The article helps visualize CDP’s database offering and how it is positioned in our industry; not quite a competitor of Kloopify but a database offering that does not directly compete in the sustainable procurement space but offers marketing insights.
August 26, 2023
Carbon Emissions 101:
The Role of the GHG Protocol and CDP
In an era where environmental consciousness is no longer a choice but a responsibility, businesses are increasingly seeking ways to measure, manage, and mitigate their carbon emissions.
Carbon accounting has become a critical tool for organizations striving to align their operations with sustainability goals and contribute positively to their goals to become a sustainable supply chain. Two prominent players in this arena, CDP and Kloopify, have emerged as go-to platforms for carbon footprint visibility.
However, it's important to note that the purpose here is not to disparage any entity but rather to shed light on the nuances that differentiate these platforms to give you the best overall choice when considering your data sources and providers.
The Kloopify aim is to raise awareness and empower procurement leaders with insights that can guide their choice for a robust value chain carbon accounting partner.It's no secret that the Greenhouse Gas (GHG) Protocol guidelines are, at times, applied inconsistently and challenging to navigate.
Below is a video from the WRI Video Library highlighting corporate survey and topline findings and the plan to update reporting methods because of inconsistencies.
As organizations seek meaningful ways to address their carbon footprint, the variability in reporting methodologies can lead to confusion and ambiguity.
GHG is working to improve Scope 3 emissions in the next two years, Why put your company’s goals with outdated methods that leads to rogue data when Kloopify’s platform has the capabilities to provide best-in-class solutions to address Scope 3 emissions?
It's in this context that our focus shifts to a solution that stands out amidst the noise. Our offering is designed not only to bridge the gaps left by inconsistent protocols but also to provide a meticulously crafted platform tailored to the needs of procurement leaders.
Author’s Goal for the Comparison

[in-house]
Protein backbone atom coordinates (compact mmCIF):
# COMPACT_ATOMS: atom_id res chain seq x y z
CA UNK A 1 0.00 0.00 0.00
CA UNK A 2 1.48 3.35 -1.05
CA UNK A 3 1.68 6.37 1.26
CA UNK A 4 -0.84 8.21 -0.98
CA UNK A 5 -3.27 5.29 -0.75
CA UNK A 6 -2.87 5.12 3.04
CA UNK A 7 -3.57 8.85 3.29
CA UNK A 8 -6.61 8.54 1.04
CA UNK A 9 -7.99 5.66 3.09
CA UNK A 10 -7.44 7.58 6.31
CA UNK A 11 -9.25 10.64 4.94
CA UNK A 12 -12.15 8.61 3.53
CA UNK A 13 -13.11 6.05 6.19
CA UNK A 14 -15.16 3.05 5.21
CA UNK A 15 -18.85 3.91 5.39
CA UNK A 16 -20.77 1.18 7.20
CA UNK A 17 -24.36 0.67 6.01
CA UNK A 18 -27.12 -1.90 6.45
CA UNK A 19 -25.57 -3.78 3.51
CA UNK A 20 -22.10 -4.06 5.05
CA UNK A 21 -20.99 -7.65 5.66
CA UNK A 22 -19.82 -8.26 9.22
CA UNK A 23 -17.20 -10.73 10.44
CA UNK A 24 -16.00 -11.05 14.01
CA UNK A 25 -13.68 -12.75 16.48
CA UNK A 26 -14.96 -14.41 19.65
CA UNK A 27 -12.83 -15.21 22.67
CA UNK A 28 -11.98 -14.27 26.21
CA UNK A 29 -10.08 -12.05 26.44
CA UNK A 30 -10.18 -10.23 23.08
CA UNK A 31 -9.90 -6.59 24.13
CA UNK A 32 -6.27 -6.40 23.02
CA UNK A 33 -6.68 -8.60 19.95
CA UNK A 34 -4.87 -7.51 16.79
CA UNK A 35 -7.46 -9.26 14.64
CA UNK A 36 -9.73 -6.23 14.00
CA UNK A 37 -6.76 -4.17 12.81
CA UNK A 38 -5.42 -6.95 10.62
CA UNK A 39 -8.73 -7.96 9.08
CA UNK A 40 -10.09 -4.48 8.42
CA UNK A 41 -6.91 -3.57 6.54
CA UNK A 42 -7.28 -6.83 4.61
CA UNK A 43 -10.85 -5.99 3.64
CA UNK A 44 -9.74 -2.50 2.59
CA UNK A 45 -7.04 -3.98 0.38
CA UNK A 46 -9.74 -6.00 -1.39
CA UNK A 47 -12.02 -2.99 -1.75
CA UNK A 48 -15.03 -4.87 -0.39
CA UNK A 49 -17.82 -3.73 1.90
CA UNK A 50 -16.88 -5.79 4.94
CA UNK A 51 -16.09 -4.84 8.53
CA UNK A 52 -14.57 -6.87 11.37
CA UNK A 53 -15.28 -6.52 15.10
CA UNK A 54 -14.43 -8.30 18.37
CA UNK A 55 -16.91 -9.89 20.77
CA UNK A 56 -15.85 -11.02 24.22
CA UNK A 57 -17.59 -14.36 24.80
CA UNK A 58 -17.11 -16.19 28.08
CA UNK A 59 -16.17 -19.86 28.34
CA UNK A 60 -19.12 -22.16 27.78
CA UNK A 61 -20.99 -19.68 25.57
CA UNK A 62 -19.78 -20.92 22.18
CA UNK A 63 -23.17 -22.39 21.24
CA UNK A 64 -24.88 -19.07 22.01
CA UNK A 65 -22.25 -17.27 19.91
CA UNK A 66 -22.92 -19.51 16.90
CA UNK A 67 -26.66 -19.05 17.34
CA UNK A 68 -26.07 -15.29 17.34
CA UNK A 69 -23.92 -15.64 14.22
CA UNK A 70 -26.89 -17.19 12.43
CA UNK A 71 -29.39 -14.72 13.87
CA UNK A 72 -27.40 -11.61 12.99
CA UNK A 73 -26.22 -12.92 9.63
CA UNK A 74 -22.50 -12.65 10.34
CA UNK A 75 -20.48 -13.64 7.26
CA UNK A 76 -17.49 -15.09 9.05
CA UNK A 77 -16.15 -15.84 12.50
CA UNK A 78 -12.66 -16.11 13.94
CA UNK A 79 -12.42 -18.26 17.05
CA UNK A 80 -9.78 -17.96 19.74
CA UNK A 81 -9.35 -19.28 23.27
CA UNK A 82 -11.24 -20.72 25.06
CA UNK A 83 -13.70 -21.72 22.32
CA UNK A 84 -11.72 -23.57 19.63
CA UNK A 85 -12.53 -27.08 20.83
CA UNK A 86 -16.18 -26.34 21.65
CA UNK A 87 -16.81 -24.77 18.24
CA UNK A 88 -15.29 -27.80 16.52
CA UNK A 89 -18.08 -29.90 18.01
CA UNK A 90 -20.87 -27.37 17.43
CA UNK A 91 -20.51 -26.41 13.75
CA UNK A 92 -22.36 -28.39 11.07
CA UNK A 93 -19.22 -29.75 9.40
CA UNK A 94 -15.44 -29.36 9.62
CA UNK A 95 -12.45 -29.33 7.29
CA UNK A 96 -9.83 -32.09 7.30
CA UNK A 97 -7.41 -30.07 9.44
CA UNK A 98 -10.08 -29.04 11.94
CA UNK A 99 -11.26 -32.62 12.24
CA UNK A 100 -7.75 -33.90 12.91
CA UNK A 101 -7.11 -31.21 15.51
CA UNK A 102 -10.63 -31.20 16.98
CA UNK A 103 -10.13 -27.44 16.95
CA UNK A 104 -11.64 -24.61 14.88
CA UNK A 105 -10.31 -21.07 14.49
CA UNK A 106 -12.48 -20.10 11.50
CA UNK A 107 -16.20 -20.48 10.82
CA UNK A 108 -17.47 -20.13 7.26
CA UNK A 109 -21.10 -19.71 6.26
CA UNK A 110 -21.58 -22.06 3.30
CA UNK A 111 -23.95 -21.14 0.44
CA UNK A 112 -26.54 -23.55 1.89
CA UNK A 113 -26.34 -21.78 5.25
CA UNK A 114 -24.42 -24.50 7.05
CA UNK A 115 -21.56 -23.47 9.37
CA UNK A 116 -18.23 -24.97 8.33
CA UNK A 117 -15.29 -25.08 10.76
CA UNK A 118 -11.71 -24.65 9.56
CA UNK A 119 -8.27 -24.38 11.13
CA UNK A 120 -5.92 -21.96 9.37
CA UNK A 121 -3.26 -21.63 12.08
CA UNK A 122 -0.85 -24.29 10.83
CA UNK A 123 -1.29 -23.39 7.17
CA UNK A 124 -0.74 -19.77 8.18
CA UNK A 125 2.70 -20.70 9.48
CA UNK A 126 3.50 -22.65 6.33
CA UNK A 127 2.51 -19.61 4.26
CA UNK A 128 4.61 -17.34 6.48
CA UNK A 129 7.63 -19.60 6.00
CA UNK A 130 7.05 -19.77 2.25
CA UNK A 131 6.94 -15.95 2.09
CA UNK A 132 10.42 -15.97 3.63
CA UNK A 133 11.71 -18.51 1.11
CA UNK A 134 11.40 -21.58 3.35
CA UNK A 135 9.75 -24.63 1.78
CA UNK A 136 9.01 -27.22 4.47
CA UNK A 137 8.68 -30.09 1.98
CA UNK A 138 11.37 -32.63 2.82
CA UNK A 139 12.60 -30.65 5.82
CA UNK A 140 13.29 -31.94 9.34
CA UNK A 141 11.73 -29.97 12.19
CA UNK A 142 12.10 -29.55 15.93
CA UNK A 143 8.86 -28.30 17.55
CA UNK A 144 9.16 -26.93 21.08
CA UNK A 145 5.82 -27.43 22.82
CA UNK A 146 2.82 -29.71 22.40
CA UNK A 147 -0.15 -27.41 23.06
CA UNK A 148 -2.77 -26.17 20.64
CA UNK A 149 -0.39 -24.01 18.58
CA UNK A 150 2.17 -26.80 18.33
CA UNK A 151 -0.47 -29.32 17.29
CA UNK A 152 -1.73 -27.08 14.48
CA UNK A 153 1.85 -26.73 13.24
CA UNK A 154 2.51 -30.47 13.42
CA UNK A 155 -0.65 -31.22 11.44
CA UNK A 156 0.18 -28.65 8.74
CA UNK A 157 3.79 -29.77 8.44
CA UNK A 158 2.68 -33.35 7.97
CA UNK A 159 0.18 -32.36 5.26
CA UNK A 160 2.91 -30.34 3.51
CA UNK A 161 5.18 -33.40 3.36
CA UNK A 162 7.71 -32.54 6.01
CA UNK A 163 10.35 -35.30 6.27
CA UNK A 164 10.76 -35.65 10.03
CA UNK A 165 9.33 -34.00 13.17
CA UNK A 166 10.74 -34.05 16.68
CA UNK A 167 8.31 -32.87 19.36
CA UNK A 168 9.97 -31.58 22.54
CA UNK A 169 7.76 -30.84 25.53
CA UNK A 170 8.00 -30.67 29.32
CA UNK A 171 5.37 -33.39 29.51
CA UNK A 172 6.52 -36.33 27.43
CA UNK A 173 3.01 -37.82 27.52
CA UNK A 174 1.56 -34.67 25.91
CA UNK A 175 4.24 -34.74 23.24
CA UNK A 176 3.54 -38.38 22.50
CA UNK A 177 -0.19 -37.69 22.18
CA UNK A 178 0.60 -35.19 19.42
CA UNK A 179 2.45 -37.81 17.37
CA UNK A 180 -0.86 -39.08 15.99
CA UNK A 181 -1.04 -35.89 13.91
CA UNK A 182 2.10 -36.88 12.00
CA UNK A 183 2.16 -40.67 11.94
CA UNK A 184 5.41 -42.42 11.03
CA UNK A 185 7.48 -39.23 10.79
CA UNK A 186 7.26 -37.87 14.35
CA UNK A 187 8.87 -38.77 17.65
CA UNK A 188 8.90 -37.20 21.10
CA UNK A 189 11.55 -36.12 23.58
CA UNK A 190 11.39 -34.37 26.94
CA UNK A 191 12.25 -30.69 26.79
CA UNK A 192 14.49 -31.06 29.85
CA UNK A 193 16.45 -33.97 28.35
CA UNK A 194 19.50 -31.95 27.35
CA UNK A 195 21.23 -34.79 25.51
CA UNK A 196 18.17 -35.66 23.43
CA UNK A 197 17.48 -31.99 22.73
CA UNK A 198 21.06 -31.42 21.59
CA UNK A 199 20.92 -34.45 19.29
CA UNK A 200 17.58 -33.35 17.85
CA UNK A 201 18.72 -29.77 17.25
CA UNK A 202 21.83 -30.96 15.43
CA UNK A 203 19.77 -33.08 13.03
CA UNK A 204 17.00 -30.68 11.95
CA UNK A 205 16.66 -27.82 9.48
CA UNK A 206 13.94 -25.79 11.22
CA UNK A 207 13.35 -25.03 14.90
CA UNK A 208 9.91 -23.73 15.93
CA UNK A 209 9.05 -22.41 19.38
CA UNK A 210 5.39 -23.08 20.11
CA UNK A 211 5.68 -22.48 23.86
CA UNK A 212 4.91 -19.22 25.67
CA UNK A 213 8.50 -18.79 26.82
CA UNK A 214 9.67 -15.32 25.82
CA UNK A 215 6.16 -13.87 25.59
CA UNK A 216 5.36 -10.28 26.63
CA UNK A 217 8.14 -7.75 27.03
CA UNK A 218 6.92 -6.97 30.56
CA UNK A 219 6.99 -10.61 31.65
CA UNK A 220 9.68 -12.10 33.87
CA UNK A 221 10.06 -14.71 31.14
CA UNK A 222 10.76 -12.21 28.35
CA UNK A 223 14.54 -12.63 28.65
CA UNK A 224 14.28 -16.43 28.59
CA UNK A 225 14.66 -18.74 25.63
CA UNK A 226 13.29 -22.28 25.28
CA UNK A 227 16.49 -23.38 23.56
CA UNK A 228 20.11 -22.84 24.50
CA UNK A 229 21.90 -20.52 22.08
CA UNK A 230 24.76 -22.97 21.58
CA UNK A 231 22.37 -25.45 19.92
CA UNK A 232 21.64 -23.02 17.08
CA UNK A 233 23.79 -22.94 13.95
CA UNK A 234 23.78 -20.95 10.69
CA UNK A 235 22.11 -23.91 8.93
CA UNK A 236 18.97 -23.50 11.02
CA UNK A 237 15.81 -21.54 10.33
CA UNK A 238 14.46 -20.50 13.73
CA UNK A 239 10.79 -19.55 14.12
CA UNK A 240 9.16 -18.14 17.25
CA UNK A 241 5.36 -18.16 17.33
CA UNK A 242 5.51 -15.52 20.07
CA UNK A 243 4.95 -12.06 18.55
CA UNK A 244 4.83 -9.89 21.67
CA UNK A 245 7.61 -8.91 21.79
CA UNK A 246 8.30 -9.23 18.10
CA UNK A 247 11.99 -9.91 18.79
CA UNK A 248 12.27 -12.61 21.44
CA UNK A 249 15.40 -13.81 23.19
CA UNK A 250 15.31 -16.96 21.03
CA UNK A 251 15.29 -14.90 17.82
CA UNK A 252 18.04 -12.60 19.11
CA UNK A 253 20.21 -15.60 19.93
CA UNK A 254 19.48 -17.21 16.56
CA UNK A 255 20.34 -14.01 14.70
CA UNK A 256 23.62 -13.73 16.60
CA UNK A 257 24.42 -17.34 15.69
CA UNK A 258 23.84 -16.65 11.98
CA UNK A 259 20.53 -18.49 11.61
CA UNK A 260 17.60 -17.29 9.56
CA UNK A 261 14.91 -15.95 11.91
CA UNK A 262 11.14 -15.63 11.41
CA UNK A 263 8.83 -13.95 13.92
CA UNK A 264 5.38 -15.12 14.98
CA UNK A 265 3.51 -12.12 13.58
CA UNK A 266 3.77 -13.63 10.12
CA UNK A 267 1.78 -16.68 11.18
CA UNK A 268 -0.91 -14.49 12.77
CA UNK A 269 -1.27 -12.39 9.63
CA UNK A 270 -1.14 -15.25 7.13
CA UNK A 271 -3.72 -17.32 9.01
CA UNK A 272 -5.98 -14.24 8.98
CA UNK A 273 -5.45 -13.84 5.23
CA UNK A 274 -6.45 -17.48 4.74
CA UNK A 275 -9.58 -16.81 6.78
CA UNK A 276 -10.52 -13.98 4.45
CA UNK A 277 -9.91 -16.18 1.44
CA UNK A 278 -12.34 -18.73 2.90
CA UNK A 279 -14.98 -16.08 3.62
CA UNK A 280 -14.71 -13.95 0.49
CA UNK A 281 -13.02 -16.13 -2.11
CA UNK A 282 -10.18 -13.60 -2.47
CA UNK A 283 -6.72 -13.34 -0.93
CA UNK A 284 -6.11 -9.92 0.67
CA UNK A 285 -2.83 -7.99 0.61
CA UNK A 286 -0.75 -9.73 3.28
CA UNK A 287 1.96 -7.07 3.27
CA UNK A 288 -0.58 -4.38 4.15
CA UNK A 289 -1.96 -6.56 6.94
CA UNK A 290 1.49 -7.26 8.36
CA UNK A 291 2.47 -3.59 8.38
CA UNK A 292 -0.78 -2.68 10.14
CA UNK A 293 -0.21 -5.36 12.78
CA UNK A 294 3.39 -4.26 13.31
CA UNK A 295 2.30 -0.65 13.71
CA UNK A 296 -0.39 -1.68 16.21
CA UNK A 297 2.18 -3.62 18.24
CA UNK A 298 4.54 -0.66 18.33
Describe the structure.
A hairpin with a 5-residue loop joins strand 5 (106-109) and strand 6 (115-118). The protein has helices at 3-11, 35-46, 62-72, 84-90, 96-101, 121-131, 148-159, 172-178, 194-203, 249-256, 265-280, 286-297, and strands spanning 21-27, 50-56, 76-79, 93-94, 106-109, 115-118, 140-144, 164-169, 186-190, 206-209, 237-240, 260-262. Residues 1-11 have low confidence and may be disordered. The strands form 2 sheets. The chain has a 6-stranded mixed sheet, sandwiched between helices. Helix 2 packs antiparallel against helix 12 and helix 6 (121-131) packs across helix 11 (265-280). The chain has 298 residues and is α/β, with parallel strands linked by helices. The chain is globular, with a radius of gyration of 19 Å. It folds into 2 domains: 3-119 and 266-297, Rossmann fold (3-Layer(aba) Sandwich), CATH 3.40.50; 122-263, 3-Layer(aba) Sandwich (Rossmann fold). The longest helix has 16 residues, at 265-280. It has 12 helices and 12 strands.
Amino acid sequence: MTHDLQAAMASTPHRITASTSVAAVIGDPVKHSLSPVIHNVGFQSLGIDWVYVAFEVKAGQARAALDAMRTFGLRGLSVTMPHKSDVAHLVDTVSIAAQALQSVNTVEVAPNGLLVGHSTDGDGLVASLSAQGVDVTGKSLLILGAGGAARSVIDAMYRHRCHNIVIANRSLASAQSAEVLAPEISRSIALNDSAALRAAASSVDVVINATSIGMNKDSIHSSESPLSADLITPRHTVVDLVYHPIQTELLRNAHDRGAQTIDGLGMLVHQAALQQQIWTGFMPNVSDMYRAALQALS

In this blog post, we take a look into a comparative analysis of CDP and Kloopify – two leading carbon visibility platforms where we highlight their respective strengths and approaches.
The intention is not to speak cheaply on our partners to carbon transparency but to provide a comprehensive view that empowers businesses to make informed decisions. In the case of CDP, Kloopify does not consider itself a direct competitor of CDP but is more focused on actions that drive impact reductionsinstead of a repository of information.
It’s the difference between going to a library with older books shelved to thumb through a card catalog to find one answer as opposed to a machine learning,software tool with a dashboard that shows you real-time data like; smart monitors and goal tracking.
Why Choose the Kloopify Approach?
Our emphasis lies in offering a solution that addresses the existing inconsistencies with the application of the Greenhouse Gas Protocol Guidelines to provide a next-level carbon reduction visibility platform that meets the needs of procurement leaders.
We've meticulously designed a platform that stands as the foundation of reliability and accuracy, two qualities essential for modern procurement leaders dedicated to steering their organizations toward a sustainable future.We hope you enjoy this piece written by Ignacio Osioa Google scholar and an industry expert, that features CDP and Kloopify, while also exploring the broader realm of climate action solutions.
Let's equip ourselves with the knowledge to make choices that drive positive change, moving beyond competition and towards a collective goal of environmental stewardship.